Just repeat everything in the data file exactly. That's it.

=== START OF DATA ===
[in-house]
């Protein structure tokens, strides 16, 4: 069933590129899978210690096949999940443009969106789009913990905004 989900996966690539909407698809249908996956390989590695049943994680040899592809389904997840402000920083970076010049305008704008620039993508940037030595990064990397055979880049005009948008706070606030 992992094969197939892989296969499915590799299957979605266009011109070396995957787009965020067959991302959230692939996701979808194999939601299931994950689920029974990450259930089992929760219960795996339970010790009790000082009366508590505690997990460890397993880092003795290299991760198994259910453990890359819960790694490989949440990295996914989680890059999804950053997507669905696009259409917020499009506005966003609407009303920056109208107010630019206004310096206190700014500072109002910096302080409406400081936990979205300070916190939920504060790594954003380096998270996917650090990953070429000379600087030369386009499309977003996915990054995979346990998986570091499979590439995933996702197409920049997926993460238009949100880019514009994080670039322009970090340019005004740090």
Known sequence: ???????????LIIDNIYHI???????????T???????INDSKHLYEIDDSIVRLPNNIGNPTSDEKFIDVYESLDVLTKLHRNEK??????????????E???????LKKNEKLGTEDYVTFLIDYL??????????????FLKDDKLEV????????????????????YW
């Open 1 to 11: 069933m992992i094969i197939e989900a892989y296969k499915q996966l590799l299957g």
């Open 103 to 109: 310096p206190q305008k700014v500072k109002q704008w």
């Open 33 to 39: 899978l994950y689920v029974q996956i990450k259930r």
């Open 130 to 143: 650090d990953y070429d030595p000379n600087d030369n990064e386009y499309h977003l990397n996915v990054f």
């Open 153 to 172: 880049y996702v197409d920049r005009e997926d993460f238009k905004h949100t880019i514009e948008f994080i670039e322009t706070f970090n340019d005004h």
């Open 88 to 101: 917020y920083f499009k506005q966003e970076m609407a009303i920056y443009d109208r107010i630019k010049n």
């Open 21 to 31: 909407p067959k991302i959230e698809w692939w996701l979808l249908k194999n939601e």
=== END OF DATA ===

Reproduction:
[in-house]
């Protein structure tokens, strides 16, 4: 069933590129899978210690096949999940443009969106789009913990905004 989900996966690539909407698809249908996956390989590695049943994680040899592809389904997840402000920083970076010049305008704008620039993508940037030595990064990397055979880049005009948008706070606030 992992094969197939892989296969499915590799299957979605266009011109070396995957787009965020067959991302959230692939996701979808194999939601299931994950689920029974990450259930089992929760219960795996339970010790009790000082009366508590505690997990460890397993880092003795290299991760198994259910453990890359819960790694490989949440990295996914989680890059999804950053997507669905696009259409917020499009506005966003609407009303920056109208107010630019206004310096206190700014500072109002910096302080409406400081936990979205300070916190939920504060790594954003380096998270996917650090990953070429000379600087030369386009499309977003996915990054995979346990998986570091499979590439995933996702197409920049997926993460238009949100880019514009994080670039322009970090340019005004740090």
Known sequence: ???????????LIIDNIYHI???????????T???????INDSKHLYEIDDSIVRLPNNIGNPTSDEKFIDVYESLDVLTKLHRNEK??????????????E???????LKKNEKLGTEDYVTFLIDYL??????????????FLKDDKLEV????????????????????YW
């Open 1 to 11: 069933m992992i094969i197939e989900a892989y296969k499915q996966l590799l299957g």
């Open 103 to 109: 310096p206190q305008k700014v500072k109002q704008w």
């Open 33 to 39: 899978l994950y689920v029974q996956i990450k259930r």
């Open 130 to 143: 650090d990953y070429d030595p000379n600087d030369n990064e386009y499309h977003l990397n996915v990054f």
């Open 153 to 172: 880049y996702v197409d920049r005009e997926d993460f238009k905004h949100t880019i514009e948008f994080i670039e322009t706070f970090n340019d005004h």
């Open 88 to 101: 917020y920083f499009k506005q966003e970076m609407a009303i920056y443009d109208r107010i630019k010049n």
């Open 21 to 31: 909407p067959k991302i959230e698809w692939w996701l979808l249908k194999n939601e």